By El-Qamar
Photography by El-Qamar

In November, my cycling mate and I once again cycled to El Quseir. The trip was quiet, the tail wind helped us once more and we arrived at our goal, again, within just about four hours riding. You can read about our first trip right here.

A shower and a bit of relaxation were in order; the camp a very simple one.

I can’t imagine how divers can endure staying here for prolonged periods of time; the facilities are actually rather basic. The accommodation is made up of simple reed huts covered with palm leafs, and the washrooms are shared, but they do have running water. There also seemed to be a power cut when we were there!. There are huts on the beach as well, and I imagine they must be very romantic for couples in love, spending the night in one of them going to sleep to to the sound of the see… as long as mosquitoes can be kept at bay! The location itself is impressive, and the view of the mountains, the desert and the sea are gorgeous.

Hut covered with palm leaves

Our humble accommodation. Courtesy of El-Qamar.

Shade and sea

Some shade and the Red Sea. Courtesy of El-Qamar.

The middle of nowhere

Our camp site, with nothing but the sky the desert and the Red Sea as far as the eye can see. Courtesy of El-Qamar.

My desire for variety, knowledge and culture pushed me to see more from El Quesir this time around. I’ve known for some time that phosphate was mined here and that Italians had invested heavily in its mining. I wanted to see the premises that were built by the Italians around 100 years ago (today, the phosphate mining takes place about 25km north of El Quesir). Two Germans who live in El Quesir took us on winding roads and through dusty streets to the site of the factory.

Derelect mining

The derelict Holding Company for Mining and Refractories in El Quseir. Courtesy of El-Qamar.

Inside the factory

The vast empty space in one of the buildings of the Holding Company for Mining and Refractories in El Quseir. Courtesy of El-Qamar.

Tuscan villa

The abandoned gorgeous Tuscan villa on the factory grounds. Courtesy of El-Qamar.

Full of curiosity, amazement and wonder, we cautiously entered the ruined factory hall. We peeked through broken windows, crossed the huge square between factory, administration, villas and the church. Nowadays, it’s a ghost town, hastily left as it seems; but it’s hard not to imagine how this place must have been; bustling and buzzing with Italian language and culture, Egyptian labourers going about their daily routine, balmy evenings on the veranda with a nice cold drink, and arduous heat of the mornings. The administration building still shows some stuffed, dust-covered hunting trophies exposed to decay. I was especially taken with a Tuscany villa: vaulted ceilings, verandas, a bright yellow façade, palm trees, a big garden, and a sea view… The only building that has been renovated and is still in use is the church, now serving as Coptic church.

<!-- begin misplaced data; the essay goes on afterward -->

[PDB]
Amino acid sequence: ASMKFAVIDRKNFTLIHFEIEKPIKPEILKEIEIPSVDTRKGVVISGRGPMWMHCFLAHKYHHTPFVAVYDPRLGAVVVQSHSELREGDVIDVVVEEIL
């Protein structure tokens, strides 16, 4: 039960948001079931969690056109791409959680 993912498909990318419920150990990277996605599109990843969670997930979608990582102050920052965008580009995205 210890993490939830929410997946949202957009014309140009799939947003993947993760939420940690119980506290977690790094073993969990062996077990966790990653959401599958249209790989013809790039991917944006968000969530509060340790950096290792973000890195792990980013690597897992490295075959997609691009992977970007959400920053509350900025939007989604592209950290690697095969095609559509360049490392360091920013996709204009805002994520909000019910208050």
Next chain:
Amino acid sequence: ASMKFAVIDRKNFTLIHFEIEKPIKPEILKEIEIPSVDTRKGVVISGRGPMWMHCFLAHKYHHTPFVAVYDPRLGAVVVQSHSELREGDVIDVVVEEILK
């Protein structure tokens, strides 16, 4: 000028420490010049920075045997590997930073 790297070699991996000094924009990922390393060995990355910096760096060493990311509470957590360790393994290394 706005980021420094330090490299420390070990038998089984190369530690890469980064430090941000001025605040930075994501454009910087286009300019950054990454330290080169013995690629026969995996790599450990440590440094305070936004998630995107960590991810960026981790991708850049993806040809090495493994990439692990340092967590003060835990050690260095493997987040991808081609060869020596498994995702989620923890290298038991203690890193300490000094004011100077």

Coptic church in El Quseir

The only restored building in the factory compound is the church, now serving as a Coptic church. Courtesy of El-Qamar.

I was delighted to have finally received some “brain food” and once more felt convinced, that this region has much more to offer than only sun, beach, sea and diving. This day was exactly to my taste: sports, culture, nice people and a fish dinner on the beach under a starlit sky to wrap up the day.

By the way, El Quesir used to be an important port in the ancient world and in the middle age, and here and there are discoveries waiting to be admired.


El Qamar hails from one of the smallest countries in the world, Liechtenstein.

“… I need and like to move physically and mentally; this inner compulsion sometimes pushes me to do extraordinary things like cycling in Egypt, travelling alone and hence facing challenges. Then, I try to put my impressions, feelings and reflections into words, sentences and paragraphs in order to share them and show a less common reflection, away from the mainstream information.”

El-Qamar means “moon” in Arabic which is referred to as something noble, beautiful and precious. I like this name as a pseudonym for a blog from an Arabic speaking country.

You can read more of her posts on her English blog Elsewhere: Living in Hurghada and her German blog (updated more regularly) Anderswo: Leben in Hurghada.

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